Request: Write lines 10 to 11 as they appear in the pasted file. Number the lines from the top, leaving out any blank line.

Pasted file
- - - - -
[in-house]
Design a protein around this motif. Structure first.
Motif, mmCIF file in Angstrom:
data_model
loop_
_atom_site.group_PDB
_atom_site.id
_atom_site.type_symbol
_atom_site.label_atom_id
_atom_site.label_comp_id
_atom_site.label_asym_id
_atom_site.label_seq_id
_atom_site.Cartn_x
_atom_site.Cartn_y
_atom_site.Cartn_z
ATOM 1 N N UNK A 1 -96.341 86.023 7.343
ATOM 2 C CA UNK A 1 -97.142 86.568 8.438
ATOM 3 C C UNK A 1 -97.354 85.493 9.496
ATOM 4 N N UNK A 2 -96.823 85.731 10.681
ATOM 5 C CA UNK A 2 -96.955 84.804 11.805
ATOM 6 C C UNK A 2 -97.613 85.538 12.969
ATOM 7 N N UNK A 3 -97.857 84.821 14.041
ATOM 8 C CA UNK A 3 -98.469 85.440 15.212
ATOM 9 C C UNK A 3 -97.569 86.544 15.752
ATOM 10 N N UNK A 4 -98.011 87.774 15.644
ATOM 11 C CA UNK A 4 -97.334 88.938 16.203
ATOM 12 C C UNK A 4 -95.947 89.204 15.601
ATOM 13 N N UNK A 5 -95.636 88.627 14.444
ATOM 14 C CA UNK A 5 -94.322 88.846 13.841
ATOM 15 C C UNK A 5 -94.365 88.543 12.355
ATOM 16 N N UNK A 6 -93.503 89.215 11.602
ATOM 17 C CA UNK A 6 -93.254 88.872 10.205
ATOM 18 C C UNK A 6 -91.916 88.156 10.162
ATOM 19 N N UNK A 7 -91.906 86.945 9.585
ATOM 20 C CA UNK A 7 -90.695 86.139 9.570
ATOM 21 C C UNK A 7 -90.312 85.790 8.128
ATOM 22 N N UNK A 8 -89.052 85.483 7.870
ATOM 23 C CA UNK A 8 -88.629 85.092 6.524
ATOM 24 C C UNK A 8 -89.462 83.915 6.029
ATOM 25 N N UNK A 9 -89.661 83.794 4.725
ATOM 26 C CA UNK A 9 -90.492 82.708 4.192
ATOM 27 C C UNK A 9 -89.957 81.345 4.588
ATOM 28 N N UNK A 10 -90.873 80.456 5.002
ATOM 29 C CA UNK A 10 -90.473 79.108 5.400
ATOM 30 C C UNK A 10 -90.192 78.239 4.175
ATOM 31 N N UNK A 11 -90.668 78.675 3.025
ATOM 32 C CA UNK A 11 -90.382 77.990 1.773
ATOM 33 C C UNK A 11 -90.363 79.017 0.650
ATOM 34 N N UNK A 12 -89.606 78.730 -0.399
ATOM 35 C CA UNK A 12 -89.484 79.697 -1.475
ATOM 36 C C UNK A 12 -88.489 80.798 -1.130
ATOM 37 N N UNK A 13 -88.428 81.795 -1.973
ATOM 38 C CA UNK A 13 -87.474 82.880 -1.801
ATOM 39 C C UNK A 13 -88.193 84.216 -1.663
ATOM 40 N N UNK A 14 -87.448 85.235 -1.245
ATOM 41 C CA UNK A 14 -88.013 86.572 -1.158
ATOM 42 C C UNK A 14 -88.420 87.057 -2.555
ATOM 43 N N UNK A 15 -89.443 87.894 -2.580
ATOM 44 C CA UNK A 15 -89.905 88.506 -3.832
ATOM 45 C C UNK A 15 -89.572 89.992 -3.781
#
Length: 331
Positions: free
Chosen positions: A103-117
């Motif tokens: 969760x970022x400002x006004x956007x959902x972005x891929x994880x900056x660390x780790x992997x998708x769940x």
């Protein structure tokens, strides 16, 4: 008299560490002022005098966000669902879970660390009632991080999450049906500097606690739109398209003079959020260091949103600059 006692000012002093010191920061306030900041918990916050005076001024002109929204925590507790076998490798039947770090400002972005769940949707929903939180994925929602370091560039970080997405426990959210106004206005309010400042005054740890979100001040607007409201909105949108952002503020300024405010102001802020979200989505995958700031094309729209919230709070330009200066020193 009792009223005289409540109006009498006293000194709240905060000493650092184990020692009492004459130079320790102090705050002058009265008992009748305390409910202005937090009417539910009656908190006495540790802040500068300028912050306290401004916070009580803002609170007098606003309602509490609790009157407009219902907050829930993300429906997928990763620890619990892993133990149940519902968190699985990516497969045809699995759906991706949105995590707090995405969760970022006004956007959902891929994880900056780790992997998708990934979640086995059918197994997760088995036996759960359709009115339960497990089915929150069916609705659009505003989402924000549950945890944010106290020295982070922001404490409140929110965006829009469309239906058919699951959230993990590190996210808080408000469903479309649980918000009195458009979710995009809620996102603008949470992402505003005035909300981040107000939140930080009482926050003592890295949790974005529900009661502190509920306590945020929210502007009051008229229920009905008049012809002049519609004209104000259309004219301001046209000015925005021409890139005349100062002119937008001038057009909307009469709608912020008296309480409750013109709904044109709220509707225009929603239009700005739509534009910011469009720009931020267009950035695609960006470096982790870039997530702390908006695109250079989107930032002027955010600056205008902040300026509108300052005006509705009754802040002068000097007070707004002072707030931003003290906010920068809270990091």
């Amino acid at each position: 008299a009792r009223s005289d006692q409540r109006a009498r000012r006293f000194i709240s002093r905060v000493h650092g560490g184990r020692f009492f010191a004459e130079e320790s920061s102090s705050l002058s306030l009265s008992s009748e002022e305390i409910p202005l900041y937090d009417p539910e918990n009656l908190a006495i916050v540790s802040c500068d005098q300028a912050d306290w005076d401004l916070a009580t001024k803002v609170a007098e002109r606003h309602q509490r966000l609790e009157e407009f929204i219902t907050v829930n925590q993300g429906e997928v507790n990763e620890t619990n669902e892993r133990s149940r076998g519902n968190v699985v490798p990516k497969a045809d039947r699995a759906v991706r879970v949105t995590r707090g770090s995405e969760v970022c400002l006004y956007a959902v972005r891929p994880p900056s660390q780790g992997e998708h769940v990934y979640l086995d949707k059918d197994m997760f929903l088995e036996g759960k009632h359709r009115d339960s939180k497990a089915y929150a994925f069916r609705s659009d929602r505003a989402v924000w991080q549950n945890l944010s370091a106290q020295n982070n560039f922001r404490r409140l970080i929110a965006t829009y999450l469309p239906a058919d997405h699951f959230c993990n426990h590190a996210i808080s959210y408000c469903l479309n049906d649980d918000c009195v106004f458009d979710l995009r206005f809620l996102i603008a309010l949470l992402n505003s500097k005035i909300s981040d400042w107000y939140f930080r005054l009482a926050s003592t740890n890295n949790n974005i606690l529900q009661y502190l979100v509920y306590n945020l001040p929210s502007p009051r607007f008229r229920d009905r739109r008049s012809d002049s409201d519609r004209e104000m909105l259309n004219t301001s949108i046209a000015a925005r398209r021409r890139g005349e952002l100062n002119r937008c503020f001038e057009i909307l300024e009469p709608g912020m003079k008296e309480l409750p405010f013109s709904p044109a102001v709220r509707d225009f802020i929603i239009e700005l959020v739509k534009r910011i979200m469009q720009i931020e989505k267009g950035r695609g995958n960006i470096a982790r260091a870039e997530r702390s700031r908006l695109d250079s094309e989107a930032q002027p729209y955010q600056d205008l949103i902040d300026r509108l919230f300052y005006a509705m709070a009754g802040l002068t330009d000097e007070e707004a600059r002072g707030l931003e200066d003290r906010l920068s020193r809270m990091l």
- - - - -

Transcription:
_atom_site.label_comp_id
_atom_site.label_asym_id